Fresh and Spicy Peach Salsa
Alright, as with any salsa, the golden rule is: The riper your ingredients, the better your salsa. (Shop local. Hit your farmers’ market. Grow your own!) You guys know the deal.
Be sure to pick the plumpest, juiciest looking peaches and tomatoes you can get your paws on. A good, ripe peach should be mouthwateringly fragrant and really smell like a peach when you sniff it.
This is one of my favorite fruity salsas. The sweetness of the peaches is offset by spicy Serrano chilis, lime, cilantro, and an unexpected party guest: cool, crisp cucumber.
I don’t add a lot of additional spices to this, just a little fresh garlic and some chopped shallot (which is milder than onion). Dial the amount of chili up or down to suit your taste.
Ideally, make this a few hours ahead to let the flavors meld. The whole thing is ridiculously refreshing and delicious. It’s a great way to enjoy the flavors of summer.
If you wanted to, you could even try cooking this recipe down for a saucier salsa. (My best guess: I’d omit the cucumber, add a little sugar, then simmer for an hour or so, stirring frequently, until the mixture is reduced by about half.)
Serve it with chips (try my Easy Baked Tortilla Chips Dusted with Chipotle Salt).
Use it to top grilled chicken or pork. Tuck a layer into wraps or fajitas. You can even semi-puree it and serve it as gazpacho.
The short version of the recipe goes like this
Whack up all the fruits and veggies into bite size pieces. Combine. Let sit for a few hours if you can bear to wait. Inhale. Enjoy.
Read on for more info on chopping, etc.—as well as some unabashed fruit porn.
Spicy Peach Salsa
3 cups ripe tomatoes, seeded and diced (about 4 tomatoes)
4 cups ripe peaches, peeled, pitted, and diced (about 5 large peaches)
2 shallots, minced
1 English cucumber, diced (about 4 cups)
2 serrano chilis, diced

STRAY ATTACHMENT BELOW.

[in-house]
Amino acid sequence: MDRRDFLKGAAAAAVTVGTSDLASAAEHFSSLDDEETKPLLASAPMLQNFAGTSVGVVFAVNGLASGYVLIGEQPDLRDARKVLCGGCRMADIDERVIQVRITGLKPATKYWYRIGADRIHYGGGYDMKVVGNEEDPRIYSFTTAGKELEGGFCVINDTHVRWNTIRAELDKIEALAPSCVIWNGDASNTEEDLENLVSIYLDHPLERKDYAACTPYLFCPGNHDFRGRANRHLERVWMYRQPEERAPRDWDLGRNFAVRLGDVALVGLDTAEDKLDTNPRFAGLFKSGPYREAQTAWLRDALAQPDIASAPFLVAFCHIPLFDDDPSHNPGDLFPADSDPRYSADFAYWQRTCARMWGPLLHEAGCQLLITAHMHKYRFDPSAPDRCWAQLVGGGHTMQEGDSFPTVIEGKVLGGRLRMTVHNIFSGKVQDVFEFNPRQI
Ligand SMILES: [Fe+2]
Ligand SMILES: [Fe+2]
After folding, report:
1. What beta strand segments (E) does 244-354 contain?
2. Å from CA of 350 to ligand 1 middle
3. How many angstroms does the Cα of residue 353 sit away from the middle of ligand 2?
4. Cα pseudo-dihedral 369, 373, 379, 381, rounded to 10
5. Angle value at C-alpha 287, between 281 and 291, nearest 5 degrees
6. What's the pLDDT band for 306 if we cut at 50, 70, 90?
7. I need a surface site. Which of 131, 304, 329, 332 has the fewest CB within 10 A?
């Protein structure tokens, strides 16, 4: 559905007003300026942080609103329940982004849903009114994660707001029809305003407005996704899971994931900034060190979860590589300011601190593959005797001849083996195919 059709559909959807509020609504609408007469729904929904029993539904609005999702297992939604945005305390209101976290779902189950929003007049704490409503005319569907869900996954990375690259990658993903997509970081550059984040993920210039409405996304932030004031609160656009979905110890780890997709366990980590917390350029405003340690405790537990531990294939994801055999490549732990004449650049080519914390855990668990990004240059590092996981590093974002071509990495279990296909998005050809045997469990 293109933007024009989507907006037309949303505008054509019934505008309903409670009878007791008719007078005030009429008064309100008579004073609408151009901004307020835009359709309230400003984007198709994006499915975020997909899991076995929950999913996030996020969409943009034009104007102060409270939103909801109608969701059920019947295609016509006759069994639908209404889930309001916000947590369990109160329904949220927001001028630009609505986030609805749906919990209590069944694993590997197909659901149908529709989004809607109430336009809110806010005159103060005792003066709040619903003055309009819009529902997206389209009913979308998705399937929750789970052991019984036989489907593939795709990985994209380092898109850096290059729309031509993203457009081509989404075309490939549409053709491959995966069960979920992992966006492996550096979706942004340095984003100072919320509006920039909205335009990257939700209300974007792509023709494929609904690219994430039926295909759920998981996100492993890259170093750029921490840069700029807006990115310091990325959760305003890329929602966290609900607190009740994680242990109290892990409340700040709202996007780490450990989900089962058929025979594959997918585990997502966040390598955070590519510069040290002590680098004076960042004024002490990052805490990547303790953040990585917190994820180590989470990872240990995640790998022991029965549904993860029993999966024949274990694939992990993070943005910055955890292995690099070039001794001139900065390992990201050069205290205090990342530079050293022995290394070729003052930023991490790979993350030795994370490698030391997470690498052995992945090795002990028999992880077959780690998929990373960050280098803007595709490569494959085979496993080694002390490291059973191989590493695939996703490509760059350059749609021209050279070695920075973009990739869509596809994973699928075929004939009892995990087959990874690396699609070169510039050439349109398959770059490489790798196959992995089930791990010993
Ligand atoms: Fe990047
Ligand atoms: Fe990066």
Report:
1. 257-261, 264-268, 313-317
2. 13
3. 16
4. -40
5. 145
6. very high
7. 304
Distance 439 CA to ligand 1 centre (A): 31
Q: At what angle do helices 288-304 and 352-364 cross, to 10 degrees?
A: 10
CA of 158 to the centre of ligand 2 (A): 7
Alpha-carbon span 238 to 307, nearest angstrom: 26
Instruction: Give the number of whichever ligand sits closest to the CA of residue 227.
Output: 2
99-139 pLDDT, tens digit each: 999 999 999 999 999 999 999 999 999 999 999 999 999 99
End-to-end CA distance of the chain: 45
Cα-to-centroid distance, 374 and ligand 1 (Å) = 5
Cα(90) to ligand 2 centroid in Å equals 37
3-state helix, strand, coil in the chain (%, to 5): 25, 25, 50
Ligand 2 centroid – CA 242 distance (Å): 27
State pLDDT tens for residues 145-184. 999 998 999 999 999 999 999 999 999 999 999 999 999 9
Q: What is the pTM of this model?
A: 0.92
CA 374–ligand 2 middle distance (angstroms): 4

1 clove fresh garlic, minced
1 bunch cilantro, minced
1 Tbls. rice wine vinegar
kosher salt to taste
Chop, chop, chop!
Grab your tomatoes. (I’ll admit it: These are hothouse tomatoes. When I went to the market for this post, I couldn’t find a good looking, local tomato to save my life.) Give them a rinse under cold water and dry them off.
Whack them in half.
And then in quarters. Scoop out the seeds and discard. (Some people prefer to leave them in.)
Dice them up. Don’t make yourself nuts trying to get them all the same size. (After all, it’s salsa.)
Toss the tomatoes in a large bowl.
Peel your peaches.
I peel mine in a big, spiral ribbon using a paring knife.
Chunk the peaches up into bite-sized pieces.
Peel and chop the shallot. (I usually do slightly smaller pieces of the shallot.)
Slice and dice the English cucumber. I leave the peel on, but feel free to remove it.
(English cukes are those long cukes that usually come shrink-wrapped in plastic in the U.S. I like them because they’re nearly seedless. They also tend to be less bitter than regular cukes, and their skin is usually thin. If you can’t find one, you can definitely use a couple of regular old garden cucumbers. Just peel them and scoop out the seeds before you chop.)
Roughly chop the serrano chili. Now, serranos are just above jalapenos on the Scoville scale (which measures the hotness factor of different chilis). Definitely swap your chili up or down on the scale to adjust the heat.
Did you know?
A lot of the heat from chilis lives in the seeds and ribs of the chili. I like my salsa on the hot side, so I use the whole chili—ribs and seeds and all. If that’s not your thing, slice the peppers long-ways and remove the ribs and seeds before chopping. (Always wash your hands after. If you want to be extra cautious, don’t feel bad about wearing gloves.)
Chop the garlic and cilantro and toss them in, too. Add a pinch or two of kosher salt. (Go easy. You can always add more after you taste it, but you can’t get it out once you put it in.)
Add the rice wine vinegar and squeeze in the lime juice. (For extra lime-y flavor, add the lime zest to the salsa, too.)
I always tend to use a citrus reamer on the limes, because it helps you wring every last bit of juice out. (Don’t have one? Grab one on Amazon for about five bucks.)
Give it a taste and add more salt if you think it needs it.
Ideally, let the salsa sit for an hour or two in the fridge to let the flavors mingle. It will get a little juicier as it sits (the salt will draw out some of the moisture from the fruit and veggies).